Almost 100% support

At the Starbucks on East Houston Street in downtown San Antonio, 30-year-old shift supervisor Sarah Wayment works part-time, about 20 hours weekly. She wants 25-35 hours, but her manager cut her back after the last holiday rush ended.

"I try to plan and work more to save," said Wayment, an 11-year employee. "Our store closed for a long time during the pandemic. If you're not salaried, you're basically part-time. Only the manager is salaried."

After Wayment returned to work last year as the pandemic waned and the Buffalo Starbucks organized, a union no longer seemed like a vague dream. She read books about labor movements and talked about possibilities with her co-workers on the morning shift.

"Some were like, 'Oh, that's great for them. That's not going to happen for us," she said.

Little did she know another partner on the evening shift had the same idea. Soon, nearly all her co-workers were in favor of unionizing. 

"We didn't have union-busting at our store," she said. "Our manager tried to talk us out of it. We kept it on the DL until we went public. Once we did that, it was clear we were almost 100% in favor."

In February, Starbucks hired Parker Davis, a 20-year-old chemical engineering student, as a barista at its Blanco Road and Wurzbach Parkway store. Davis said it didn't take him long to realize he and his co-workers needed a union to protect themselves from the brand of capitalism CEO Schultz defends. 

In May, a shift supervisor was burned on the job. Davis described it as a workplace accident that left the partner with second-degree burns. Yet, the supervisor couldn't leave the store without finding her replacement, which took more than 30 minutes, according to Davis.

"It was jarring," he said. "Management was completely out of touch. The supervisor was denied workers comp. And then they had to prove they weren't under the influence of drugs. We can all say they weren't under the influence. After that day, I felt motivated to organize."

click to enlarge Parker Davis said a fellow worker’s on-the-job injury prompted his interest in the union. - Sanford Nowlin
Sanford Nowlin
Parker Davis said a fellow worker’s on-the-job injury prompted his interest in the union.

Last year, Texas ranked as the third-worst U.S. state for labor, according to an Oxfam analysis. Working 40 hours a week at minimum wage, a mere $7.25 per hour, only covers 24% of a living wage for a family of four.

What's more, the state has provided no worker or union organizing protections beyond what's necessary to comply with federal law. The average unemployment benefits cover about 12% of the required wages to live.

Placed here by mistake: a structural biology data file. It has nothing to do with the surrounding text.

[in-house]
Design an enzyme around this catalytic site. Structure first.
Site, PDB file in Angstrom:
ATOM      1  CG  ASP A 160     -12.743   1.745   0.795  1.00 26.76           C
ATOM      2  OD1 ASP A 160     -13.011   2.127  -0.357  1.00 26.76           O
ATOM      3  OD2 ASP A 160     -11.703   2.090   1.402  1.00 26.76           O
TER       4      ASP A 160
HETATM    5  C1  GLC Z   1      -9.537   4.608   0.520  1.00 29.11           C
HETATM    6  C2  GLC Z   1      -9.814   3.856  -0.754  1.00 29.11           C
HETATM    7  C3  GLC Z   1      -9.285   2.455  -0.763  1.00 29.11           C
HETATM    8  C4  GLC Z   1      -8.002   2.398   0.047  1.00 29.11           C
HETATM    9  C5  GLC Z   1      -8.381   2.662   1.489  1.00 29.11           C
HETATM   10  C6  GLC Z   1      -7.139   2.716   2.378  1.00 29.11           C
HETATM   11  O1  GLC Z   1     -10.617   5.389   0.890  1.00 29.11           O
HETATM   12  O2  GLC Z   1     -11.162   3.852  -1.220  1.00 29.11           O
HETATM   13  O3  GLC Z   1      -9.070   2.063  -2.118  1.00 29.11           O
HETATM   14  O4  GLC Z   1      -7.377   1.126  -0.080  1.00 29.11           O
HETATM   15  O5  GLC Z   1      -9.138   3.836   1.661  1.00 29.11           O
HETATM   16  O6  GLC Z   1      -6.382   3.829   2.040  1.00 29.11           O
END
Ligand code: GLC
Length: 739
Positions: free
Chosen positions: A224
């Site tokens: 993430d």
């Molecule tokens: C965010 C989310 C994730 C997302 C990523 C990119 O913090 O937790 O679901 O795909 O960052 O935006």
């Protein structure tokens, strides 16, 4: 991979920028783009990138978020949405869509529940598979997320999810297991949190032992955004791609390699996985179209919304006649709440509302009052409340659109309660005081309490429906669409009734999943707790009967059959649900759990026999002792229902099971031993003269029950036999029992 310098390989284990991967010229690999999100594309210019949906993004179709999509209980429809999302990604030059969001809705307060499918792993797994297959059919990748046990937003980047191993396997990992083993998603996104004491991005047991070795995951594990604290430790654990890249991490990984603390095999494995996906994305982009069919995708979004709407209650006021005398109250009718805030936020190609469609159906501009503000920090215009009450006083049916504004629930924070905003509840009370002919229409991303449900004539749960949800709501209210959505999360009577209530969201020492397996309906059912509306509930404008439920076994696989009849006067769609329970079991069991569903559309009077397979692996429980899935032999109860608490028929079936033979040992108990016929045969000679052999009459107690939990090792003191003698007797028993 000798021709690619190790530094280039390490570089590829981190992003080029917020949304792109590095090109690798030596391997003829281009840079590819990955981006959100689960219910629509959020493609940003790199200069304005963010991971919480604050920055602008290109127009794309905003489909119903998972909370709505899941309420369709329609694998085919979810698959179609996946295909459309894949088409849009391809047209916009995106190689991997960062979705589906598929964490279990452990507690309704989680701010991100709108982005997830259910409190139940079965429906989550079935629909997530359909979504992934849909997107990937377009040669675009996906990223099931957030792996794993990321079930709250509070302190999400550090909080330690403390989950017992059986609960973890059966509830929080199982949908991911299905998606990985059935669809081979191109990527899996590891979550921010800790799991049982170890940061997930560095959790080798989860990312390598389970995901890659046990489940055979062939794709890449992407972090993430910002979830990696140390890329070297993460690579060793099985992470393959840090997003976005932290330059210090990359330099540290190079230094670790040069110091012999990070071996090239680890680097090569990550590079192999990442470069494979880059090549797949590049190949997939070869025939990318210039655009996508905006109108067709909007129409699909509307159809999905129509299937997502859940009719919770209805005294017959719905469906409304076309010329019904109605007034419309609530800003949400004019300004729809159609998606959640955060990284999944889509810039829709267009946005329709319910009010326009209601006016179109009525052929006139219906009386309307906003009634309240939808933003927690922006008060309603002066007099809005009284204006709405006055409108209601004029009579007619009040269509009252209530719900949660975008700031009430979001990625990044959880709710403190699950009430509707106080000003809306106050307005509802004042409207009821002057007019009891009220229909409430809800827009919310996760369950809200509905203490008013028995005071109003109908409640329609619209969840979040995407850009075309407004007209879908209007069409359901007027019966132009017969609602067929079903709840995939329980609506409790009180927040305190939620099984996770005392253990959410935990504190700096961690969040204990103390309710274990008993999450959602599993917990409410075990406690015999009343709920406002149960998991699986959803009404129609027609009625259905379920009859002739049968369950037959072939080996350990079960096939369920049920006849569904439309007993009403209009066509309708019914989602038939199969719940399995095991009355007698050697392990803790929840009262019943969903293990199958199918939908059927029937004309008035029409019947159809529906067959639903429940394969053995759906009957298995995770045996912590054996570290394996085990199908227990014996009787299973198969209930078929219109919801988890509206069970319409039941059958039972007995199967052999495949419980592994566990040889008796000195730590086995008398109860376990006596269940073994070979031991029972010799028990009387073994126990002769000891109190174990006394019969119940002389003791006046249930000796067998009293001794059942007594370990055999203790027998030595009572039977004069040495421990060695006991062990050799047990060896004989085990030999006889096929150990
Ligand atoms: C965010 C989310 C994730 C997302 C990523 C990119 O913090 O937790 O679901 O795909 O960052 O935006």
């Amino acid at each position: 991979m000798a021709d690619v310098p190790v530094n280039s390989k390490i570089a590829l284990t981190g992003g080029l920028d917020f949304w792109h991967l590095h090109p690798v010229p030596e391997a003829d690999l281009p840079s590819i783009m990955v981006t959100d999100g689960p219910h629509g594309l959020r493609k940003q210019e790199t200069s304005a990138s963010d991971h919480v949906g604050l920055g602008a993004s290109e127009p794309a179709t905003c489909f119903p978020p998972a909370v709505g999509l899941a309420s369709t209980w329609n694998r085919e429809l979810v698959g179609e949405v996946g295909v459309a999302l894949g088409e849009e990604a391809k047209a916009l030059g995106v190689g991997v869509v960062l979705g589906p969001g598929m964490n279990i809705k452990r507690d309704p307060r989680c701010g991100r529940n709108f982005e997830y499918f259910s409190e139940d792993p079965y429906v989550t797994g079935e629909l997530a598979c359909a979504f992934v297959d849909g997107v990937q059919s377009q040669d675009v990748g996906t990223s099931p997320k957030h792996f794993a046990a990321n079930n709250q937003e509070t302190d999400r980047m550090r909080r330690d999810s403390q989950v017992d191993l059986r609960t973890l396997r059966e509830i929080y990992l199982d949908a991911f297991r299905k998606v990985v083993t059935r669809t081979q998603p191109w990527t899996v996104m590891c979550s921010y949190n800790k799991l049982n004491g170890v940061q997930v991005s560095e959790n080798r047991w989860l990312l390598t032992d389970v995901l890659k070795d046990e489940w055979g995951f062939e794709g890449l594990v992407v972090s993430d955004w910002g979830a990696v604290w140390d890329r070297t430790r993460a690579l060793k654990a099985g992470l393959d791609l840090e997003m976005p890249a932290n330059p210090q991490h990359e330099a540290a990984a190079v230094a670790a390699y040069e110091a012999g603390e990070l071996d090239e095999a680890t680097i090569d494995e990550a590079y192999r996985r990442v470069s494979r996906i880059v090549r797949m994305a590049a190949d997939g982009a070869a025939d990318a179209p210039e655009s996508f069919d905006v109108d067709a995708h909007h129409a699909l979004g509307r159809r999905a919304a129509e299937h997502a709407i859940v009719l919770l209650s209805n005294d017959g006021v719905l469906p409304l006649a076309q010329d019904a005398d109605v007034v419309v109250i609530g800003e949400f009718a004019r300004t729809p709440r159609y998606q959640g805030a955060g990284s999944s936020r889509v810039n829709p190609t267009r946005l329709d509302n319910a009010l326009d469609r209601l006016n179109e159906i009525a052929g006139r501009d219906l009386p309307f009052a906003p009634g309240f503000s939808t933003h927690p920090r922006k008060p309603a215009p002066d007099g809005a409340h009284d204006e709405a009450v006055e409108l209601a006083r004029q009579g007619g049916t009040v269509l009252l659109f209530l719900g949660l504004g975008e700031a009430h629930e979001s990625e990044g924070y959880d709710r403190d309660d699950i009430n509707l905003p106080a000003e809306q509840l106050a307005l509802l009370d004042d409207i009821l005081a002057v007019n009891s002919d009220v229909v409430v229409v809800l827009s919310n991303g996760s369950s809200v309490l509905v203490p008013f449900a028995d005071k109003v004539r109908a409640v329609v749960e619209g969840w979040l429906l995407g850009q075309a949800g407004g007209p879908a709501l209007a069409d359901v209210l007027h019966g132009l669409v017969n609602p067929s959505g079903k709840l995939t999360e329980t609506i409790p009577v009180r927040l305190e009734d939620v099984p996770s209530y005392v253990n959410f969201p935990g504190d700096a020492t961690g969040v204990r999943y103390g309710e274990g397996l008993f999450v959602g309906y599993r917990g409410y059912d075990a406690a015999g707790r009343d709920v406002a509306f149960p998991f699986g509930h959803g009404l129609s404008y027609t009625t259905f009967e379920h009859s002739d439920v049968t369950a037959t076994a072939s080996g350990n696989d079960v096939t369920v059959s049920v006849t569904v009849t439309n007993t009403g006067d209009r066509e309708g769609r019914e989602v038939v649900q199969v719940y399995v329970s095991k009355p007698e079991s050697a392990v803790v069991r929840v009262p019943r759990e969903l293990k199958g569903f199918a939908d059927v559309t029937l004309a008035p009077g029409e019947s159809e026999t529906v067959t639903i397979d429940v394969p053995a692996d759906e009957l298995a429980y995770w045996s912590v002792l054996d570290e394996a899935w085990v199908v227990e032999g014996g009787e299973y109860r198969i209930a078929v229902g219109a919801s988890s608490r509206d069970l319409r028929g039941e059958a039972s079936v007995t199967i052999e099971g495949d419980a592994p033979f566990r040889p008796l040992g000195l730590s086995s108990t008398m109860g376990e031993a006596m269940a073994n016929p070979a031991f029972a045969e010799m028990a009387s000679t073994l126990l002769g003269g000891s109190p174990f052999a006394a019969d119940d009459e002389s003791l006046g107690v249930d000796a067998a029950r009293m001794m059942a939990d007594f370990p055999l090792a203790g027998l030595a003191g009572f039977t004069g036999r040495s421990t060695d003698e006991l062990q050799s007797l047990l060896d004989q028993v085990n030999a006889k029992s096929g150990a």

"The labor movement has deep roots in Texas, especially in San Antonio," said Greg Casar, the Democratic nominee for the 35th Congressional district, and an advocate for a $15 minimum wage. "It wasn't that long ago we had a lot more union activity and worker power in Texas."

Indeed, the Republican Party, which has steadily eroded rights from power centers at the Supreme Court and in Austin, wants to eliminate the last few worker protections in Texas, worker advocates argue.

Empowered to do something

In its 2022 platform, the Texas Republican Party calls for the "Legislature to preempt local government efforts to interfere with the State's sovereignty over business, employees and property rights. This includes but is not limited to burdensome regulations on short-term rentals, bags, sick leave, trees and employee criminal screening."

In other words, the big-government Republicans want to forbid San Antonio and other blue-leaning cities to choose their own local, and higher, minimum wage, or pass laws offering employed residents paid sick leave. In fact, Texas Republicans want to get rid of all minimum wage and mandatory sick leave laws. 

The battle Starbucks is waging for the hearts and minds of its workers is similar to conflicts between management and labor from earlier eras. Unions helped achieve the minimum wage and other significant workplace benefits many now take for granted.

Yet, those rights may soon be taken away if laborers of all classes don't fight to keep them, organizers warn. John L. Lewis, leader of the United Mine Workers union from 1920 to 1960, urged labor in all industries to organize the unorganized.

"With good organization, you have the aid of your fellow man," Lewis said. "Without organization, you are a lone individual without influence and without recognition of any kind, and exploitation of you and your family when it pleases some industrialist to desire to make more money from your misery." 

That's precisely what Starbucks employee Davis was doing when he reached out to the Starbucks United website for organizing help. Now, his store is set to vote in early August.

"It felt like an insurmountable task, but then I felt empowered to go forth and do something," he said.